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Ensure you know your clients’ true nationality before selling them life insurance

By Susan Yellin | May 11 2015 09:00AM

The Foreign Account Tax Compliance Act (FATCA) has highlighted the importance Canadian insurance advisors need to place on ensuring they know their client’s true nationality before selling them life insurance, says a trust and estate practitioner.

Peter Merrick, CFP and president of Toronto-based MerrickWealth.com, says unfortunately, many Canadian advisors have not been given correct information about the nationality of some clients, especially those who may have an American parent or were brought to Canada from the U.S. when they were young – but who have never considered themselves Americans. They may fall into what Merrick calls the “accidental American” category.

“Most Canadian life insurance advisors have no idea how to sell a policy to someone who is American,” says Merrick. “That’s why the policies they have sold have been sold wrong.”

Merrick gives the example of an accidental American, living in Canada, who buys a life insurance policy in this country plus has accumulated a worldwide estate worth at least US$5.35 million. When the client dies, and the U.S. government discovers he is American, the life insurance proceeds, regardless of beneficiary, will become part of the client’s estate. Anything above that US$5.35-million threshold is subject to 40% estate taxes for the American government.

U.S. estate taxes

“I would say about 99.9% of insurance advisors in Canada have no idea that if they sold a policy to an American living in Canada, or someone who has a green card, that this is ever going to happen on death. They are going to find this is an unpleasant surprise for the beneficiaries.”

The same problem does not exist for Canadians living in the U.S. because CRA does not levy a tax on life insurance.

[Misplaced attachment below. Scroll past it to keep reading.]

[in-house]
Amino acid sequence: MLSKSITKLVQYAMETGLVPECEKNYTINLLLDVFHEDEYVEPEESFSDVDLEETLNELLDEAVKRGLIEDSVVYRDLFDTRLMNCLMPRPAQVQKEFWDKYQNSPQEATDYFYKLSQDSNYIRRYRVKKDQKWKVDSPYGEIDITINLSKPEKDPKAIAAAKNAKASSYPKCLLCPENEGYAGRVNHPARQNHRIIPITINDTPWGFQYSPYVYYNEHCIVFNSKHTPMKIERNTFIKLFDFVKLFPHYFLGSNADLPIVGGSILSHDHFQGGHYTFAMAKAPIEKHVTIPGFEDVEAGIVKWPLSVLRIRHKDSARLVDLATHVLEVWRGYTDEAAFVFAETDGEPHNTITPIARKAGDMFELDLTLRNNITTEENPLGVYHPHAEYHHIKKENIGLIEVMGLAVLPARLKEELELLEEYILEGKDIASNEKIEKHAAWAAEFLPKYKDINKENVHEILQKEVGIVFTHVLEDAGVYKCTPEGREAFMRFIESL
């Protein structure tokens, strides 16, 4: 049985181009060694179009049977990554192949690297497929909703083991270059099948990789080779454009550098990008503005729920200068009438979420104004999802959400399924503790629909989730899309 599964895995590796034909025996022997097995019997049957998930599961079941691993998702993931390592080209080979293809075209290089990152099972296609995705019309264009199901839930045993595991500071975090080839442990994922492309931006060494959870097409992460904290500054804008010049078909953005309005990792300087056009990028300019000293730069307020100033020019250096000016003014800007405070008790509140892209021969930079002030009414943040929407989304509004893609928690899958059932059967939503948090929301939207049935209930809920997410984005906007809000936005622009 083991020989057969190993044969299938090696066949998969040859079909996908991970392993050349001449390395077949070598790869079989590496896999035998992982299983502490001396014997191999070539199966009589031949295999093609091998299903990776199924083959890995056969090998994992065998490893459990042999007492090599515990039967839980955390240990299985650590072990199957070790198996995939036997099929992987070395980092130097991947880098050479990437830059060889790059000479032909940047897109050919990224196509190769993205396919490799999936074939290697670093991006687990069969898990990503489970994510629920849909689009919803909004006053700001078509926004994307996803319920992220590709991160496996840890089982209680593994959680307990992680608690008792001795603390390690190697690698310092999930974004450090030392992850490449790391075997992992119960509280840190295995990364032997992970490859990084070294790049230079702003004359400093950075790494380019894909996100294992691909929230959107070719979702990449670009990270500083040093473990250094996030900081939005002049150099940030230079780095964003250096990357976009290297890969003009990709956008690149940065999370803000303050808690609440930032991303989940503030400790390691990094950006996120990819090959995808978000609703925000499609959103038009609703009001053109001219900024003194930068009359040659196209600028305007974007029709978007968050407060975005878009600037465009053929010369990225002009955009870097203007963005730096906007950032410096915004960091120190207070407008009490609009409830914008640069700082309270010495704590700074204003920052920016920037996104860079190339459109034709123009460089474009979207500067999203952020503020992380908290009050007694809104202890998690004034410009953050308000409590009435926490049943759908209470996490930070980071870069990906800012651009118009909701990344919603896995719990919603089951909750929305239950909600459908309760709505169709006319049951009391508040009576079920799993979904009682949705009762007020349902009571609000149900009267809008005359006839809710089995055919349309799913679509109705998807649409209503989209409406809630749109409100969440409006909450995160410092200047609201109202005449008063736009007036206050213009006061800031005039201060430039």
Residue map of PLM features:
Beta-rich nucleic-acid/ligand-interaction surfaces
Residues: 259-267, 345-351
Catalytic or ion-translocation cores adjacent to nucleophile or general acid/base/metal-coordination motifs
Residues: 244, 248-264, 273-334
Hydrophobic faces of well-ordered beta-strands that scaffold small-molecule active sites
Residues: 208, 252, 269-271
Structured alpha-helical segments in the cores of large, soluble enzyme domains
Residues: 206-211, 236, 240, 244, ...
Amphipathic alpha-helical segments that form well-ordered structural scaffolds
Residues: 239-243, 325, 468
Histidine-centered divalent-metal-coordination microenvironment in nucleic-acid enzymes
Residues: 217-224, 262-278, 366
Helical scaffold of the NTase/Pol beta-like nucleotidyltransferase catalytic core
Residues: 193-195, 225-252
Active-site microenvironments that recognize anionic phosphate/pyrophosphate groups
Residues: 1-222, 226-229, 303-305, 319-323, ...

FATCA has shone the light on this issue because under intergovernmental agreements with other countries, such as Canada, the U.S. is looking to find “U.S. persons” who live outside of the country to ensure they are paying required U.S. taxes.

Currently, Canadian financial institutions are sending letters to customers who may fall under FATCA and asking them to fill out an online form. The information is collected by Canada Revenue Agency (CRA), which then forwards the material to the Internal Revenue Service in the U.S.

Merrick says there are ways to lessen or eliminate the tax problem, but they are all based on an individual’s particular circumstances.

“Most importantly, keep in mind that every solution requires careful planning so as not to trigger other adverse U.S. tax consequences,” he adds.

He also says Canadians who have residency in the U.S., own property in the U.S. – or even own U.S. stocks and bonds in Canada may also be subject to U.S. estate taxes.

Work with experts

Merrick suggests that any financial advisor contemplating selling a U.S. citizen a life insurance policy or selling a Canadian U.S. stocks and bonds work with a U.S. tax lawyer or accountant who specializes in U.S.-Canada cross-border law.

Americans living in the States get around the life insurance-estate tax headache by using various strategies, including buying an irrevocable life insurance trust. But Merrick says there are difficulties with this too.

“In the U.S. a trust can last for many generations. In Canada, trusts disappear after 21 years so there’s special planning for that.” Merrick notes that Americans living in Canada have to abide by that 21-year rule as well.

Liability concerns

He cautions that Canadian advisors who don’t learn the rules could find themselves in serious financial trouble if found responsible by courts.

“I think when the day comes there could be a lot of liability. The estate might say: you were the financial advisor; you didn’t ask the right questions, you didn’t provide the solution. Therefore I am going to sue you [for the amount of the taxes].”

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